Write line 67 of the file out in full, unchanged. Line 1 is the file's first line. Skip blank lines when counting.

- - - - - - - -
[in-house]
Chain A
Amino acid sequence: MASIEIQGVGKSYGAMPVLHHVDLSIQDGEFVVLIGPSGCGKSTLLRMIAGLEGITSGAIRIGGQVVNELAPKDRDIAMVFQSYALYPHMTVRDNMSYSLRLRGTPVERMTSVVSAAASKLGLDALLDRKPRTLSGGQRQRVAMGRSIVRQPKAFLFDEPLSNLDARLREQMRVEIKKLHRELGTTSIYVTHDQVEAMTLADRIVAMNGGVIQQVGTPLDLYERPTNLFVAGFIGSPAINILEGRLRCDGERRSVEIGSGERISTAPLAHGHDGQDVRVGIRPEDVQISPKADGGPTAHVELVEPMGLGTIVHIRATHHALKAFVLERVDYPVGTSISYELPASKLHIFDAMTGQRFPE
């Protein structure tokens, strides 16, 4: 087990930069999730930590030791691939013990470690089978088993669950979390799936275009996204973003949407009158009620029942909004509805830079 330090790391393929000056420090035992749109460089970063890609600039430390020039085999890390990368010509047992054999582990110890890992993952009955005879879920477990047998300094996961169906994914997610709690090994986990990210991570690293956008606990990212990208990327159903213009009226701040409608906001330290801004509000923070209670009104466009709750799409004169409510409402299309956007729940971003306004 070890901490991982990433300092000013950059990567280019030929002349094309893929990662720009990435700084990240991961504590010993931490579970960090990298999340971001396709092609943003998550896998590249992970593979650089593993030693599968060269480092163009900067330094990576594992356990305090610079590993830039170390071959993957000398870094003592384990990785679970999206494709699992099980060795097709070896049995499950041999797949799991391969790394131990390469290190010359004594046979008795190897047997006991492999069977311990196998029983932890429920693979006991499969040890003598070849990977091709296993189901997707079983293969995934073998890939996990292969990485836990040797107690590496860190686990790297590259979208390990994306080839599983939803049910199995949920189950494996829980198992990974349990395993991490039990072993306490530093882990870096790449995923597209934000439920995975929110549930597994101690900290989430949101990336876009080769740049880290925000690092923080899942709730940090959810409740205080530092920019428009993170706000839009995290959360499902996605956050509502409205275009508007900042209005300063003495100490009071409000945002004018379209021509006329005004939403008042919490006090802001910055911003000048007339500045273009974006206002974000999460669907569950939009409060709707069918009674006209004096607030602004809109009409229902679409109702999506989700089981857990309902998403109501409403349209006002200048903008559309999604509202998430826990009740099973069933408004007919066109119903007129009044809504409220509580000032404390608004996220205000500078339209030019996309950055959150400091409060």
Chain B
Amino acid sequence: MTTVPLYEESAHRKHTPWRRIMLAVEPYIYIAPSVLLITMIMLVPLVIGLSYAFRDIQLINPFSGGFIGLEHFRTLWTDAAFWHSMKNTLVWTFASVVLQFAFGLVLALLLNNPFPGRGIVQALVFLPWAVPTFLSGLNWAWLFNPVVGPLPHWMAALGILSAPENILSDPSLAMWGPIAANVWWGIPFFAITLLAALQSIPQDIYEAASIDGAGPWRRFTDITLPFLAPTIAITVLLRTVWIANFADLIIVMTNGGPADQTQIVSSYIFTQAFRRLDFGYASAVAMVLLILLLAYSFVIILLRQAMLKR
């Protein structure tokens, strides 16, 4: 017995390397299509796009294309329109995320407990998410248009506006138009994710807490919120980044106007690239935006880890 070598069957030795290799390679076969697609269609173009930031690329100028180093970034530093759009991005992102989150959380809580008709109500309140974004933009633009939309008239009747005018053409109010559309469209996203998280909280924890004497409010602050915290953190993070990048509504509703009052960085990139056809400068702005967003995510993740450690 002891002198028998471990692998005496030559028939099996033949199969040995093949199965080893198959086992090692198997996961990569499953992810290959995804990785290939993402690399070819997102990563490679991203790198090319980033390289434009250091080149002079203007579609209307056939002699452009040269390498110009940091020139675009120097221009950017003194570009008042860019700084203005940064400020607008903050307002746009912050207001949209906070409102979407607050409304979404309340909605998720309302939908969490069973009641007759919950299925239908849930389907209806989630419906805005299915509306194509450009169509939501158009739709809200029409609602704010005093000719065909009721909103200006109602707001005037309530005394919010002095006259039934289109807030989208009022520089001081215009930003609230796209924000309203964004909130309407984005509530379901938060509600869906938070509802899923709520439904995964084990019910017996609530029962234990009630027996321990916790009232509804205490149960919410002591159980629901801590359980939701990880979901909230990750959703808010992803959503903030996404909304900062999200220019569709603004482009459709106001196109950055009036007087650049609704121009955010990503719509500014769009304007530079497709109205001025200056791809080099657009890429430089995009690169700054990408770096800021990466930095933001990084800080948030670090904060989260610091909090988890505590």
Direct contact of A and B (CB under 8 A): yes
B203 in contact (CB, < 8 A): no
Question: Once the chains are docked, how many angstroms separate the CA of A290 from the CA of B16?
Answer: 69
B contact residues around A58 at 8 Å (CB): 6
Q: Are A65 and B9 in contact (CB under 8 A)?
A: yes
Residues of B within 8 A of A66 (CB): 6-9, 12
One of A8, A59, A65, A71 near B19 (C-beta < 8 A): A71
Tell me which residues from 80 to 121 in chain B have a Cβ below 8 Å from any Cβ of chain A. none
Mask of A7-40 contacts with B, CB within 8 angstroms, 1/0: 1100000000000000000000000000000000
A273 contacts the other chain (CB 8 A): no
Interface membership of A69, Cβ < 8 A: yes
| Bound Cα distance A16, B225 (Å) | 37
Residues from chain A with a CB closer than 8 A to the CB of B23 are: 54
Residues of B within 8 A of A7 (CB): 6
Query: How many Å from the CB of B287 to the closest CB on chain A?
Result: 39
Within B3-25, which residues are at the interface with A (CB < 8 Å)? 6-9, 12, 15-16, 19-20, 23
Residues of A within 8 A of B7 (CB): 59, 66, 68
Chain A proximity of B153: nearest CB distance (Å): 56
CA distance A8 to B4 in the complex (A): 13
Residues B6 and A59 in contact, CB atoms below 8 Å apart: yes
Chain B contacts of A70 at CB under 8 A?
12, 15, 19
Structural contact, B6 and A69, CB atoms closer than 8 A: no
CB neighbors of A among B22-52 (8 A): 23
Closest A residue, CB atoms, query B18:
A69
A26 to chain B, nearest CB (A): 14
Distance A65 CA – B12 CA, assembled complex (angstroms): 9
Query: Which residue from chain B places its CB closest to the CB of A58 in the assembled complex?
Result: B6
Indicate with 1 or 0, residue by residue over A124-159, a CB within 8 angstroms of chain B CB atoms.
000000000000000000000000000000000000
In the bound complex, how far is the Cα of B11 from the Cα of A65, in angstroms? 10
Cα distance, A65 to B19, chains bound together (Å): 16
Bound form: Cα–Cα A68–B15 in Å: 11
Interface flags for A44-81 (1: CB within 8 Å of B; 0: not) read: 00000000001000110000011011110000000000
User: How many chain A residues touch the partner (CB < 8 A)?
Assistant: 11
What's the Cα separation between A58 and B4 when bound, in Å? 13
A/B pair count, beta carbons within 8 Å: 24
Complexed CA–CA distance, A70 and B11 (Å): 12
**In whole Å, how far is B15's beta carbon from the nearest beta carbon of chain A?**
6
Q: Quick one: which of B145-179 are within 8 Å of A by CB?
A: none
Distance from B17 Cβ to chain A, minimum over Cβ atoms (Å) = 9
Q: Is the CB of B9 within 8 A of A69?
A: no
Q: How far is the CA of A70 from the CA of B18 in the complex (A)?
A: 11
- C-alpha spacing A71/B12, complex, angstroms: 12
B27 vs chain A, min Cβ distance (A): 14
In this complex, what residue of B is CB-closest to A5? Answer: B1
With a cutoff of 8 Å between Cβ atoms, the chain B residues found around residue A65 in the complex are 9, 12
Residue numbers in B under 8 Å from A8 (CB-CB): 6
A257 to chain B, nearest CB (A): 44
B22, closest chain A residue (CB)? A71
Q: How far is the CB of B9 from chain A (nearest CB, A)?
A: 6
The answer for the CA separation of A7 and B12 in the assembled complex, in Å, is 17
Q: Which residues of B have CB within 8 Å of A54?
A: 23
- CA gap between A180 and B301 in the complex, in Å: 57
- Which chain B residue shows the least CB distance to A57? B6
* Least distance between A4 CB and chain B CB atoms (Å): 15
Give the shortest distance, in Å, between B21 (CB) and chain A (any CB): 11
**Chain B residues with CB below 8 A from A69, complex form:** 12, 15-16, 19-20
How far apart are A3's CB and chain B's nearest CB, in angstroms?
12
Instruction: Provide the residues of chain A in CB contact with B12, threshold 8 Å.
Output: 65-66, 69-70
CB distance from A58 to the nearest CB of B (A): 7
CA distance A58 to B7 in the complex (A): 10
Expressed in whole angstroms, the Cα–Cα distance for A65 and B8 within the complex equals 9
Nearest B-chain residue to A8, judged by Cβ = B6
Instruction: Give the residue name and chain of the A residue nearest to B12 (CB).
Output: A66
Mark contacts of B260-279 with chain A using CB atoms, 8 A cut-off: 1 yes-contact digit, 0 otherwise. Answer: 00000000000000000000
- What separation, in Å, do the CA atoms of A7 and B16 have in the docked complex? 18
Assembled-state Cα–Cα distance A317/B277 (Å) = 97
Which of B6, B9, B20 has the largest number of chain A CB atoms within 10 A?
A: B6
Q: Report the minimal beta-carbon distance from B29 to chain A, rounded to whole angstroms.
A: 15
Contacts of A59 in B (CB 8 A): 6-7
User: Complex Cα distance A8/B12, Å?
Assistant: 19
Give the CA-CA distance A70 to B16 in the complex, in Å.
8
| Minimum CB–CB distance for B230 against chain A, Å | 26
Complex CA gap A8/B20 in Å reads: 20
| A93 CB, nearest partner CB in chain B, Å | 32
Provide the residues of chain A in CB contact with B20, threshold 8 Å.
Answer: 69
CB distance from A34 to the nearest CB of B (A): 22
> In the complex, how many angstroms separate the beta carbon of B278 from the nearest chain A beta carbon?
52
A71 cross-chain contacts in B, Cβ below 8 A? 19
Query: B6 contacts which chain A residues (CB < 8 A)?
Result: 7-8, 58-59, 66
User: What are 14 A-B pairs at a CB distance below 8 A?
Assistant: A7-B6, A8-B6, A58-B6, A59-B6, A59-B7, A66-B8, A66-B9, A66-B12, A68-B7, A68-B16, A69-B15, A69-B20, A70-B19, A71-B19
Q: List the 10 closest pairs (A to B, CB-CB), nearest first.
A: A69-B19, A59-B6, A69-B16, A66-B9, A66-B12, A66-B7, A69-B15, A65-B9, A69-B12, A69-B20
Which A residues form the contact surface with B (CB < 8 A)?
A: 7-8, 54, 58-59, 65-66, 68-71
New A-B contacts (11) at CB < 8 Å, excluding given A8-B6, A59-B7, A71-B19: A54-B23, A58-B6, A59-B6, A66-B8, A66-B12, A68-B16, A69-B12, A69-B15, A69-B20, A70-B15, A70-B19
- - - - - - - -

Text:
B22, closest chain A residue (CB)? A71